Many in Alice recognize the heritage value of the old Anzac High School and the Anzac Oval, and while neither carries official heritage listing, I understand efforts are being made to rectify that.
Yes, it would be possible to relocate the rugby fields of Anzac Oval, but at what addition to the cost of building the proposed gallery?
I suggest the final nail in the coffin of public indifference regarding this issue was the published plans to do away with a car park that many who work in the CBD use every day.
The score so far seems to be the destruction of a still valuable building of heritage value and of an oval of similar value, the cost of a new rugby stadium and the cost of a new car park. And all that before construction on a new gallery can begin.
I ask you to please reconsider the Desert Park, as that choice would mean no valuable building to take down, and neither a new car park nor a new stadium needed. I suggest this would be a better choice both economically and politically. Not only would the project cost less, but it would not alienate any of your supporters in Alice Springs.
I will close with a cautionary note to the Gunner ALP government in Darwin: When you next come to town to consult, please don’t repeat your mistake of thinking Central Australia is fly over country.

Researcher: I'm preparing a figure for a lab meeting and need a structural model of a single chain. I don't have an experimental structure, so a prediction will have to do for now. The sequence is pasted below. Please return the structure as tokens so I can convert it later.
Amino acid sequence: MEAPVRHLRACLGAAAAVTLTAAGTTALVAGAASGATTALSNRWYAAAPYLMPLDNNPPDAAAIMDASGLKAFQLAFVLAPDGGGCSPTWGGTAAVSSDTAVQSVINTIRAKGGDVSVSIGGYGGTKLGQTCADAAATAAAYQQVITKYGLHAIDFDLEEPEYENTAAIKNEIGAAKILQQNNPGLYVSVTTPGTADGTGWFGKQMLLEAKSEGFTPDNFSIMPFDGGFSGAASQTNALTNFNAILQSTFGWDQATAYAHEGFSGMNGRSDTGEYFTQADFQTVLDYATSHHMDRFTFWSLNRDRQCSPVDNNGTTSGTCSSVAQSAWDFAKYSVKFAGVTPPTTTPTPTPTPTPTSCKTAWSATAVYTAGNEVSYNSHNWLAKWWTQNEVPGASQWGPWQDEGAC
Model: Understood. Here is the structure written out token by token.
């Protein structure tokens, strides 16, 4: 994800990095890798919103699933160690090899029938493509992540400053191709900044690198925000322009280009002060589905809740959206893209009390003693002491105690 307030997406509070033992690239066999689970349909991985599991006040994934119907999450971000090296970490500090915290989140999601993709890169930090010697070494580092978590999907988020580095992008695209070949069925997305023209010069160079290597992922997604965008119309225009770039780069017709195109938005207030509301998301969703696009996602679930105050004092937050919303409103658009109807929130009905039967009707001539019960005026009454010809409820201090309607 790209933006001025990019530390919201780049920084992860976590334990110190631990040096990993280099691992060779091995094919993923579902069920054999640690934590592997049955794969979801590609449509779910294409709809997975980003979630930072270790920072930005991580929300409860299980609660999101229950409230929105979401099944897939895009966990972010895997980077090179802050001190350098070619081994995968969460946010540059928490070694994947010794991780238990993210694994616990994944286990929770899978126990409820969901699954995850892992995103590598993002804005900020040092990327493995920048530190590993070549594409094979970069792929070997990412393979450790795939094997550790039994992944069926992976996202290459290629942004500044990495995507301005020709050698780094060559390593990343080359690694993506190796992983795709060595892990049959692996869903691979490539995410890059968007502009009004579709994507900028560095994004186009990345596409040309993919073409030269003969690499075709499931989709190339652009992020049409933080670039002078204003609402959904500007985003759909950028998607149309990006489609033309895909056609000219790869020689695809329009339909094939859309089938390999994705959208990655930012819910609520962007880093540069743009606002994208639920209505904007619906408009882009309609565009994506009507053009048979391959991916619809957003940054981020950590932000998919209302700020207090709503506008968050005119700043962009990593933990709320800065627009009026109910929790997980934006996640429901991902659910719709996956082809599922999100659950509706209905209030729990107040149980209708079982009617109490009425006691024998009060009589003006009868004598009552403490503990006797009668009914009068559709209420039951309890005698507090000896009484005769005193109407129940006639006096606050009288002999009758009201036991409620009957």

Youth crisis: broken window of tolerance
As noted by all the comments so far, this is an excellent article, well reasoned and well presented.
But to engage with the marginalised youth in Alice in a positive manner, a venue is needed. Such a venue is at hand. The old Anzac High School would fill that bill admirably.
I hope our Town Council reads this article and carefully considers whether a MOU with Darwin concerning the proposed art gallery, which would destroy that high school building in a quest for more tourist dollars and a dubious attempt to reinvigorate the CBD, is really more important than attempting to address the very real youth social issues plaguing Alice Springs.